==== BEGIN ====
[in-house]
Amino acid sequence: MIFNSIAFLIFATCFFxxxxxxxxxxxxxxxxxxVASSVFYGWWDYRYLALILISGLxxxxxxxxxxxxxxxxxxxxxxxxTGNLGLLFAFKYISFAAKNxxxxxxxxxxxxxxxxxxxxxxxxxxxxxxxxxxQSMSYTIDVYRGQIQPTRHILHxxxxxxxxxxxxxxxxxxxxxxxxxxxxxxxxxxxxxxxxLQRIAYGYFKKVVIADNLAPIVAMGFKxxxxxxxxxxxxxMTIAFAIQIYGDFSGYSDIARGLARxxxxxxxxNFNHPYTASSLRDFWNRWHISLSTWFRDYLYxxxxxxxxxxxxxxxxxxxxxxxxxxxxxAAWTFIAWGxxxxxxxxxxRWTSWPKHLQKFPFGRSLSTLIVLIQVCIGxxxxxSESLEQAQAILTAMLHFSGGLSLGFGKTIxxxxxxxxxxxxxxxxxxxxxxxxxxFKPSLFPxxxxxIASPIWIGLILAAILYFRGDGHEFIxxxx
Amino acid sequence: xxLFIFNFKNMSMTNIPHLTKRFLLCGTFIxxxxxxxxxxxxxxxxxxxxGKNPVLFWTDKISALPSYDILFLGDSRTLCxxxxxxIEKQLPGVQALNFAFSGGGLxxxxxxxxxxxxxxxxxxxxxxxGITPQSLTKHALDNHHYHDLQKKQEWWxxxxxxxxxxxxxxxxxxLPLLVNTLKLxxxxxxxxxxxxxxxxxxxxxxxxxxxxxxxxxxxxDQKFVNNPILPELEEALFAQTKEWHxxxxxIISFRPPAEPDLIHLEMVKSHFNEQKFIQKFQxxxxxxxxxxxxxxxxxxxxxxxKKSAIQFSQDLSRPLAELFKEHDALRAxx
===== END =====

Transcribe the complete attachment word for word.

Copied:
[in-house]
Amino acid sequence: MIFNSIAFLIFATCFFxxxxxxxxxxxxxxxxxxVASSVFYGWWDYRYLALILISGLxxxxxxxxxxxxxxxxxxxxxxxxTGNLGLLFAFKYISFAAKNxxxxxxxxxxxxxxxxxxxxxxxxxxxxxxxxxxQSMSYTIDVYRGQIQPTRHILHxxxxxxxxxxxxxxxxxxxxxxxxxxxxxxxxxxxxxxxxLQRIAYGYFKKVVIADNLAPIVAMGFKxxxxxxxxxxxxxMTIAFAIQIYGDFSGYSDIARGLARxxxxxxxxNFNHPYTASSLRDFWNRWHISLSTWFRDYLYxxxxxxxxxxxxxxxxxxxxxxxxxxxxxAAWTFIAWGxxxxxxxxxxRWTSWPKHLQKFPFGRSLSTLIVLIQVCIGxxxxxSESLEQAQAILTAMLHFSGGLSLGFGKTIxxxxxxxxxxxxxxxxxxxxxxxxxxFKPSLFPxxxxxIASPIWIGLILAAILYFRGDGHEFIxxxx
Amino acid sequence: xxLFIFNFKNMSMTNIPHLTKRFLLCGTFIxxxxxxxxxxxxxxxxxxxxGKNPVLFWTDKISALPSYDILFLGDSRTLCxxxxxxIEKQLPGVQALNFAFSGGGLxxxxxxxxxxxxxxxxxxxxxxxGITPQSLTKHALDNHHYHDLQKKQEWWxxxxxxxxxxxxxxxxxxLPLLVNTLKLxxxxxxxxxxxxxxxxxxxxxxxxxxxxxxxxxxxxDQKFVNNPILPELEEALFAQTKEWHxxxxxIISFRPPAEPDLIHLEMVKSHFNEQKFIQKFQxxxxxxxxxxxxxxxxxxxxxxxKKSAIQFSQDLSRPLAELFKEHDALRAxx